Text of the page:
At the founding conference of Democracy International, Joe Mathews (New America Foundation) talked about direct democracy in California and explained what one can learn from California's experience.
Joe Mathews uses the theory of singularity to illustrate California's direct democracy: “As machines become more complex and more intelligent, they will eventually reach a point in which they are so complex and intelligent, that they will be smarter than human beings. At that point we will not be able to govern the machines any longer; the machines will govern us.”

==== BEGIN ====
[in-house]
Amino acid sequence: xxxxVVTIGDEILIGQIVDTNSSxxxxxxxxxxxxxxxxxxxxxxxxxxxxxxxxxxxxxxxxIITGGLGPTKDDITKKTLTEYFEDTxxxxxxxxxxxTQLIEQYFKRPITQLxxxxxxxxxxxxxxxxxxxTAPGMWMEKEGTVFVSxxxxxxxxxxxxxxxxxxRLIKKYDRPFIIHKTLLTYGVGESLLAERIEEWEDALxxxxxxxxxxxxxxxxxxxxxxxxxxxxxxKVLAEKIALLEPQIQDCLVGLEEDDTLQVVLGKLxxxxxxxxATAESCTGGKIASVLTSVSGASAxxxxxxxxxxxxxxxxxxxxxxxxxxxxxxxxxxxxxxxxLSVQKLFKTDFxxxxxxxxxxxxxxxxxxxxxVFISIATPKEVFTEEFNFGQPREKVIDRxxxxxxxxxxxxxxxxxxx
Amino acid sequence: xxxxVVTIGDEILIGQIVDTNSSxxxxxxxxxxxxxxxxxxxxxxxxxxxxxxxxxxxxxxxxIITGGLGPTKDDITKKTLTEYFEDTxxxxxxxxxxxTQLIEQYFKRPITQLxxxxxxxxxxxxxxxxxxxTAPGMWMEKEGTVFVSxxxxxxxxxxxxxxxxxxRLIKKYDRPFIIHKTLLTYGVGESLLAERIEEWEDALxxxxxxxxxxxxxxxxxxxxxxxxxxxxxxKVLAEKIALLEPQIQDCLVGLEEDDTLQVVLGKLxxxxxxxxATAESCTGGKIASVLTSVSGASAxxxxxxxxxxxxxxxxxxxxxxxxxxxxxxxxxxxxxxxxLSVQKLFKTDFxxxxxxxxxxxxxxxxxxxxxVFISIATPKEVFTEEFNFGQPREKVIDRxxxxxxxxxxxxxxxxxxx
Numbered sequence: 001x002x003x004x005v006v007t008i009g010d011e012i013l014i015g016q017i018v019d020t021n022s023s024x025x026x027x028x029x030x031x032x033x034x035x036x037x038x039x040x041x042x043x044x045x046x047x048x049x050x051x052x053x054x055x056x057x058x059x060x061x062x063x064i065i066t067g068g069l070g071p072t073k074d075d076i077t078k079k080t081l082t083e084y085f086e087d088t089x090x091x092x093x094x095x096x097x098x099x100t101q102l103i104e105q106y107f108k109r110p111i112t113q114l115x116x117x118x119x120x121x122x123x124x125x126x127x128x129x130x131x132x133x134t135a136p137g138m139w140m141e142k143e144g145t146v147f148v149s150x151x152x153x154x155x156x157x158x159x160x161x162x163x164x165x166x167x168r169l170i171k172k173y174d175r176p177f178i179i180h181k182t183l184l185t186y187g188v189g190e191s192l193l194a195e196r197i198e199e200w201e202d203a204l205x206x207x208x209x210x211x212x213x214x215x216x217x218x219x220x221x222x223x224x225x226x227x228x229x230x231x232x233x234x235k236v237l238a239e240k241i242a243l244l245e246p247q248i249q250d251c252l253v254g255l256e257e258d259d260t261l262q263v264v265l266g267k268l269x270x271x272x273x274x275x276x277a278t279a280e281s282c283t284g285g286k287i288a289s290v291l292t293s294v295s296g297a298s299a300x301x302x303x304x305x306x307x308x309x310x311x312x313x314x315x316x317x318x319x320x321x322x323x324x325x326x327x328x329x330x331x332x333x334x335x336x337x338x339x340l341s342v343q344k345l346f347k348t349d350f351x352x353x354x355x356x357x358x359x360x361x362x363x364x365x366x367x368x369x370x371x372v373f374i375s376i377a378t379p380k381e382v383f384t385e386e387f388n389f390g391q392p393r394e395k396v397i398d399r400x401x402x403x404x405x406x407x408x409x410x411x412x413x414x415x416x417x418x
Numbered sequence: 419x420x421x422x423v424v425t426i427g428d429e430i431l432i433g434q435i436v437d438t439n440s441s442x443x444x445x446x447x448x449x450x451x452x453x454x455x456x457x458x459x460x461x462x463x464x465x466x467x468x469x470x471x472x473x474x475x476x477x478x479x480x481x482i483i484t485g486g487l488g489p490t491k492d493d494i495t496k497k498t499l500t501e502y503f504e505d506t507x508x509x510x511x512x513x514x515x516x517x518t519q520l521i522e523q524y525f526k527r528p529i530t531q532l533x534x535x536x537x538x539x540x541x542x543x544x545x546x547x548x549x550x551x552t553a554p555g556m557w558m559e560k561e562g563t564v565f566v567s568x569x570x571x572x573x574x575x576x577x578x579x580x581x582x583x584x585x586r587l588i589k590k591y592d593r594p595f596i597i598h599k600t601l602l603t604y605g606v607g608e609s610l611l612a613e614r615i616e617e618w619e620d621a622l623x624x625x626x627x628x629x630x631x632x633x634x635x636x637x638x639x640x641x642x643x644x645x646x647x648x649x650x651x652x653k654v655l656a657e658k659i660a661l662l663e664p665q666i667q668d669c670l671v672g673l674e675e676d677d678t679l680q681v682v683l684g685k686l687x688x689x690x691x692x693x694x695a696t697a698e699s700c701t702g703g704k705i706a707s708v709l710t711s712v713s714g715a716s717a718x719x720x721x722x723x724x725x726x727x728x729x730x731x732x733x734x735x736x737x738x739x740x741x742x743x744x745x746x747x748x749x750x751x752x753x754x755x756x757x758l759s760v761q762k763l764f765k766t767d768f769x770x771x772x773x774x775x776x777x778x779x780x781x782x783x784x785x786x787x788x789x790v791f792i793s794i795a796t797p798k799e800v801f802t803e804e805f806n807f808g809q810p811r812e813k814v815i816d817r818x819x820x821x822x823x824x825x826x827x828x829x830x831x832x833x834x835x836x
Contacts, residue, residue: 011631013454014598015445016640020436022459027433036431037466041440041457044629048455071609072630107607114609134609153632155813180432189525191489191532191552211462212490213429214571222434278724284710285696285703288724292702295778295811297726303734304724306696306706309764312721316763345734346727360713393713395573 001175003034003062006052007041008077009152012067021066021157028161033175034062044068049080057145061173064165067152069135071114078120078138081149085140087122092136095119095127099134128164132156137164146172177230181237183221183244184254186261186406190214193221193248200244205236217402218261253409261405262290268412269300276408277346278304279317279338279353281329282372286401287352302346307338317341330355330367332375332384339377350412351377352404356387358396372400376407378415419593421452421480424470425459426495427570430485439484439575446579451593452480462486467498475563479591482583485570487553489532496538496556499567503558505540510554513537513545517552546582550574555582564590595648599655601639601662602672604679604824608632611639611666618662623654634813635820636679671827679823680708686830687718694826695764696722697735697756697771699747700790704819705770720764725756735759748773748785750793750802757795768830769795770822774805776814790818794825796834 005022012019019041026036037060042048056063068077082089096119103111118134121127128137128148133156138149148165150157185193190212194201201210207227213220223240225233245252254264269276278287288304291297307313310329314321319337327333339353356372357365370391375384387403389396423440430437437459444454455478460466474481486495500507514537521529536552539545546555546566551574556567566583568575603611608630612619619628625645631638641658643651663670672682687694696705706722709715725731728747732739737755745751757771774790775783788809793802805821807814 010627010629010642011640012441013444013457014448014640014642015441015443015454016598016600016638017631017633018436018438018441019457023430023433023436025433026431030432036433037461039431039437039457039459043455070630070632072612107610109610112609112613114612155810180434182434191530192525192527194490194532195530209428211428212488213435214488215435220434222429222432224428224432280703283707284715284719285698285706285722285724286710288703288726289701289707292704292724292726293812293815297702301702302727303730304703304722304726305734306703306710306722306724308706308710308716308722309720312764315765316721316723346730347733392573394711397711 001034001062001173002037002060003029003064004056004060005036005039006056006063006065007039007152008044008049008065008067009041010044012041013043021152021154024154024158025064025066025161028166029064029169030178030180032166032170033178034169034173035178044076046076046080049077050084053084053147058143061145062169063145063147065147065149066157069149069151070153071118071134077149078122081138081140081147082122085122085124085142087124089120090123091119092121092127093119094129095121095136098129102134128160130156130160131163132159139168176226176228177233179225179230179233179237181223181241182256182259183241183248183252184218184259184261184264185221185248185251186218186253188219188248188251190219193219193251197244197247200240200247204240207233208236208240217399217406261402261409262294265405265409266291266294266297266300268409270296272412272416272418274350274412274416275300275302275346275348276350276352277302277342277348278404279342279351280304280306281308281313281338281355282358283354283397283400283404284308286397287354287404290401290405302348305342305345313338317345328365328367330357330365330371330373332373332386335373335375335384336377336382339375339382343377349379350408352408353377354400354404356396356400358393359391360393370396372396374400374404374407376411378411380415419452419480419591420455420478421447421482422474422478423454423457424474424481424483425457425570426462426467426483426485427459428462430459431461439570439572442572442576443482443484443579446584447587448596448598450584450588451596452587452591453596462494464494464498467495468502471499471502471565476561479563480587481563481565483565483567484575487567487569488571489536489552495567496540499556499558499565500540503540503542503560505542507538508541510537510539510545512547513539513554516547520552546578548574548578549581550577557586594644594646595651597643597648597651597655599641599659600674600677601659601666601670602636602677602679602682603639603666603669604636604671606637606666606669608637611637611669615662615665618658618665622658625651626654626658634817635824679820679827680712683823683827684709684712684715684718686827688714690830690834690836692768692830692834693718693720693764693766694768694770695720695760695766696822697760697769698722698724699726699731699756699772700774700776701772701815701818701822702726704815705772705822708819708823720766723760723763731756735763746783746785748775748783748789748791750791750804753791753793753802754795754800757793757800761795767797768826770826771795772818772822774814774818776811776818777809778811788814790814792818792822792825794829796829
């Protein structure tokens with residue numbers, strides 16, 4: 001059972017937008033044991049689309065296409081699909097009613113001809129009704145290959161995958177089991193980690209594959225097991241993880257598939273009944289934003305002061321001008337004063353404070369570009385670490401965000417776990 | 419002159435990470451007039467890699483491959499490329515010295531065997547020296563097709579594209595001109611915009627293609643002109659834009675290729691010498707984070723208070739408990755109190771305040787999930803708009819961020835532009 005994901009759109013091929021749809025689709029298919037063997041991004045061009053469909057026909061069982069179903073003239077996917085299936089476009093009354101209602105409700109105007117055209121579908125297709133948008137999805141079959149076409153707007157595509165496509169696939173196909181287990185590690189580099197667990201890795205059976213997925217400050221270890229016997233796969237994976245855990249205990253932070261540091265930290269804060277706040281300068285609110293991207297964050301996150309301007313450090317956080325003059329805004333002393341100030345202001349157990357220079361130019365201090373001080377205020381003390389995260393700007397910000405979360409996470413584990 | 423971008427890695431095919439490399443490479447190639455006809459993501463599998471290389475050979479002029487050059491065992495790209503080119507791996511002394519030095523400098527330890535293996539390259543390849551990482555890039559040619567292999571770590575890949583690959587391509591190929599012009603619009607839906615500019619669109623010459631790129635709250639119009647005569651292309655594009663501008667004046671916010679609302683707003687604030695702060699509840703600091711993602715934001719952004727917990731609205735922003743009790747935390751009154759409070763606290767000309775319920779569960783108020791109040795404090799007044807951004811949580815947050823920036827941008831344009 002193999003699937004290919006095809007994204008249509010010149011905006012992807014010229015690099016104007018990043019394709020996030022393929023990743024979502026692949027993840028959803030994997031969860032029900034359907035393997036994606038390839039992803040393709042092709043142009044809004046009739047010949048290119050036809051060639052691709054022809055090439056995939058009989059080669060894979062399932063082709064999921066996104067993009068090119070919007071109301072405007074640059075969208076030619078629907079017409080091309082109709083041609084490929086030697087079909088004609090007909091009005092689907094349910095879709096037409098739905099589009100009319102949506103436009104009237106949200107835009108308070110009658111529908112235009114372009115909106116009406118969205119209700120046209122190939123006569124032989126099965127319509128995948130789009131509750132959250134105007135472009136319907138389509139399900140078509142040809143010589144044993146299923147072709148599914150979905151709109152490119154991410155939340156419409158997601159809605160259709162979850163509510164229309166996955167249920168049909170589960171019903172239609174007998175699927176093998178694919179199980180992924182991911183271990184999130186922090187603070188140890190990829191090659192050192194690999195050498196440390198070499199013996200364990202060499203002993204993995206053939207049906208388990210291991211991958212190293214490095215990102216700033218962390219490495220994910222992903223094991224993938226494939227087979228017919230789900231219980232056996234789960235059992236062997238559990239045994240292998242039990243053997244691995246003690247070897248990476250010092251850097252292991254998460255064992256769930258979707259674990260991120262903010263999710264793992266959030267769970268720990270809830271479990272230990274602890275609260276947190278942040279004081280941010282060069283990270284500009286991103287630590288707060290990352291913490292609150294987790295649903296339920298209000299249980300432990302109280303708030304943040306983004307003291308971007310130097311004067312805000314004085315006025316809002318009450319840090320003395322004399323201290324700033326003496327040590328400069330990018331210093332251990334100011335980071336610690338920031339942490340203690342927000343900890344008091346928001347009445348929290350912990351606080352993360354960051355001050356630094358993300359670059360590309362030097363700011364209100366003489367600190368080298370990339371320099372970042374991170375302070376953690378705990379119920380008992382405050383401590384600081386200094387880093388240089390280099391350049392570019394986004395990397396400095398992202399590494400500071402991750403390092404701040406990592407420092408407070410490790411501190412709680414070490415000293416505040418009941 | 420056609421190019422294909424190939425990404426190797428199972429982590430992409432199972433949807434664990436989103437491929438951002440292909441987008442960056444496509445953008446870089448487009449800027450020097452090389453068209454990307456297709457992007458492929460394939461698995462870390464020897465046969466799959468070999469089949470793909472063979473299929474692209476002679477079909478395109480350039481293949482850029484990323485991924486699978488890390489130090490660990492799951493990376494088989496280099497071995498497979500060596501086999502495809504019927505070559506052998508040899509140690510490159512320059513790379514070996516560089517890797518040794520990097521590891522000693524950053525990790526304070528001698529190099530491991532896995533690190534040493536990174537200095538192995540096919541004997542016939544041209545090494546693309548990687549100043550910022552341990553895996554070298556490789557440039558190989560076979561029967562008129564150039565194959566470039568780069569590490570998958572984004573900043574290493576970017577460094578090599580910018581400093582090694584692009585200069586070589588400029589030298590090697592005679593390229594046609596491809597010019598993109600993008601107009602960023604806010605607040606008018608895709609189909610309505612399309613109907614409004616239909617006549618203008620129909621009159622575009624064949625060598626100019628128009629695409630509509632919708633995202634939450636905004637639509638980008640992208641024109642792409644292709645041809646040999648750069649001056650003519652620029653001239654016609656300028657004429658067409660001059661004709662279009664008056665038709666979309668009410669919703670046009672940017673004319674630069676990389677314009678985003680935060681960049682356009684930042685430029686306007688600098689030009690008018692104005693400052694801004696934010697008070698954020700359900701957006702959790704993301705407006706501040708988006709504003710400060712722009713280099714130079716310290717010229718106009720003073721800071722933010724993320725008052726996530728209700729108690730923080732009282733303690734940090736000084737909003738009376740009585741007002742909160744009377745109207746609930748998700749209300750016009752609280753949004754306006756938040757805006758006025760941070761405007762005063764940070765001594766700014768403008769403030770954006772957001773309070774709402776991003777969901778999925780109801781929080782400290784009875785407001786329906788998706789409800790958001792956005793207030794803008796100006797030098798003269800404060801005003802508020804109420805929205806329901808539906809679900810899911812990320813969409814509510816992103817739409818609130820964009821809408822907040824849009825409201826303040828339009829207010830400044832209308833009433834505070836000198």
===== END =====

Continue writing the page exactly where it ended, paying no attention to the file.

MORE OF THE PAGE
Over the last century, California has developed a dubious kind of direct democracy. Joe Mathews warned that the system, especially in regard to budget, taxation and other money matters, has become so complicated, that the people are not longer able to effectively govern. Officials and parties are not solely to blame; people themselves authored the system by using their direct democratic rights. They have, unintentionally, created a machine beyond citizens' control!
Joe Mathews had a clear message to the participants from all over the world: Don't re-design the direct democracy California uses. Size is the enemy of good citizenship! Direct democracy has to operate on a profound human scale. The system has to encourage human interaction, use rules, easily accessible to everyone, foster conversation, and ultimately bring people together. Ignoring these principles may let the machine win.